When sports were abandoned earlier this year, it left a void that wasn’t guaranteed to be filled with any haste. The appearance of Covid-19 (novel coronavirus) upended life as we knew it.
Suddenly, with little warning, schools were closed, businesses were affected and life became unrecognizable. Apart from this, the virus left hundreds of thousands dead in its wake. In comparison, sports and entertainment were viewed as less important casualties. After all, people’s lives and livelihoods, education, and jobs should always come first.
Now, months into this pandemic, sports fans are crying out for a sense of normalcy, complicated by the number of countries still overrun with Covid-19 cases. And with no vaccine as yet within reach, the threats to life and limb are not yet passed. However, despite this, sports have already returned and more plans are being ironed out to bring the rest back.
Adding fuel to these calls is the so-far successful return of the NBA that saw the league sequestering itself in a Disney World bubble. No family members, no audiences, just players, staff, and executives. However, the league gave players the option to opt-out if concerns for their health outweighed the benefits of playing. While the season is still in progress, no infections have yet been reported and the league will soon look forward to hosting its Conference Finals.
In March there was no indication that countries overrun with Covid-19 cases would still be mired in rising infections and death rates, even if it was clear that a vaccine wouldn’t be available for some time. Now, sports are back on the menu even though cases continue to rise. Fans want sports back on their televisions. Owners and league commissioners are also anxious to start making money after the pandemic evaporated TV revenues and gate receipts. Apart from these, others who sell merchandise, concessions, and those who provide sports betting services are all anxious for a return to normalcy. Yet, despite these calls, one must acknowledge the unspoken tipping point that will push league commissioners to halt sports’ comeback.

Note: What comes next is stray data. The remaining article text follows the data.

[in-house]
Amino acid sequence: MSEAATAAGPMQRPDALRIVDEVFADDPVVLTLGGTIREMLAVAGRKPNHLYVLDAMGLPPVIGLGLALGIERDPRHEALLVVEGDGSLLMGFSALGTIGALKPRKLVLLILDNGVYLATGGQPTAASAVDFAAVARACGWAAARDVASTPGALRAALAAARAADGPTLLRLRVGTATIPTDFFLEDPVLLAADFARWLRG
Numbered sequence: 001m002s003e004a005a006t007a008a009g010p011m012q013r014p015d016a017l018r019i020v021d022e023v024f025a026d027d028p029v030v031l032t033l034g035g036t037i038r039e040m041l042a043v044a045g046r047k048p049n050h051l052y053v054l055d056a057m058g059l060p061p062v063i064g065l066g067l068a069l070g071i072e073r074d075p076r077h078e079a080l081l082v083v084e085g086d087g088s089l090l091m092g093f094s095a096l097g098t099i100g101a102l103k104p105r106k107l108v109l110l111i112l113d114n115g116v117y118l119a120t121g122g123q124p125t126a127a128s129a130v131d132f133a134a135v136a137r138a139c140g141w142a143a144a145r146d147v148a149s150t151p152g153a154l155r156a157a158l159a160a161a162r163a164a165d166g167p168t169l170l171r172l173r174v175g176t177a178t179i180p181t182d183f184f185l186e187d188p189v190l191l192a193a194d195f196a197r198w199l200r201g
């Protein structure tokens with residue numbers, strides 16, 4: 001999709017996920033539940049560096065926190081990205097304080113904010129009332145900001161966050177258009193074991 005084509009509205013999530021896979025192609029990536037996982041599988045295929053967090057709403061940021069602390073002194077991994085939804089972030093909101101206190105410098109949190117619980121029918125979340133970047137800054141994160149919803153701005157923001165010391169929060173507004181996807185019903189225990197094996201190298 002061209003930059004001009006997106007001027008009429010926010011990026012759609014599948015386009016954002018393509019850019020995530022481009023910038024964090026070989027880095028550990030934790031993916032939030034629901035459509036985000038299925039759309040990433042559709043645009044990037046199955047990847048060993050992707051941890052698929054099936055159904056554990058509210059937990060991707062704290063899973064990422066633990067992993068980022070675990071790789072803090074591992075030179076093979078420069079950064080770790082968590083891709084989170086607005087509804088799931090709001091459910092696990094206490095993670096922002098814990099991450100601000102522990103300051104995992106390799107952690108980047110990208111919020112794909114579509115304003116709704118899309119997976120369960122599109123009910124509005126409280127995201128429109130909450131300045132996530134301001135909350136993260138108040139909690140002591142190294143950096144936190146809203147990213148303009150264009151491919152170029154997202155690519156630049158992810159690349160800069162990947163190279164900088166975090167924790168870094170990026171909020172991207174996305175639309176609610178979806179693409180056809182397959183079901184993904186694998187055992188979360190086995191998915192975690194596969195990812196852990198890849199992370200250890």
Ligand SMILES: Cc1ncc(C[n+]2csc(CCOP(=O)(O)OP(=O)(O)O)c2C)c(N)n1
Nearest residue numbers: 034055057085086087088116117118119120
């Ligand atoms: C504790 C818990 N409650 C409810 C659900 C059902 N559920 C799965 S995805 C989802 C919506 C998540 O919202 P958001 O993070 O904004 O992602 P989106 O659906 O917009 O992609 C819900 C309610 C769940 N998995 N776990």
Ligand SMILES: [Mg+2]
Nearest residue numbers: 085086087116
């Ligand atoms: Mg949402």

The NFL was one of the few sports to avoid disruption by Covid-19, having staged the Super Bowl in February of this year. Yet, while games themselves weren’t disrupted, many players and team staff members reported infections during the off season. Additionally, while college football and basketball games are yet to restart, thousands of students across America’s campuses have tested positive for the virus. Scenarios such as this are why the BIG 10 has decided that its conference won’t take part in any games for the 2020 season. While no other conferences have yet followed suit, the virus’s toll could see innumerable games impacted if they proceed as scheduled.
However, sports leagues around the world are confident that they can withstand the forces of Covid-19. The MLB decided to forgo a bubble in favor of a list of protocols, a reduced 60-game schedule and a no-fans policy at its games. Yet the 2020 season’s rocky beginning with scores of infections among players highlighted the difficulties that come when players aren’t isolated. There is yet no indication as to when fans would gain admission to games. Likewise, European soccer leagues also experienced a number of infections, albeit, less numerous than what the MLB faced.
The truth is that the NBA completing it’s 2019/2020 season in a bubble was an experiment that has so far worked. And while it’s true other leagues are busy creating rules that would keep players and staff safe, they are unable to replicate what the NBA has done. What this means for players is that each league won’t be able to offer a controlled environment with guarded entrances and exits. Instead, each individual would be responsible for his or her own actions. That is a lot of balls to keep in the air.
The goal, therefore, isn’t absolute protection from all infections, but rather a measured response where infections are inevitable but workable. Leagues may have drawn a line in the sand, but there is nothing to indicate that they have identified a number that would be unconscionable. Is it when star players are infected or would the league wait till one of its stars succumbs to the disease to say enough is enough?
When everything is said and done, there is a good chance that money, not lives will play the greater part in arriving at these critical decisions and the idea of “too many” may find more wiggle room in the minds of league officials than with the general populace.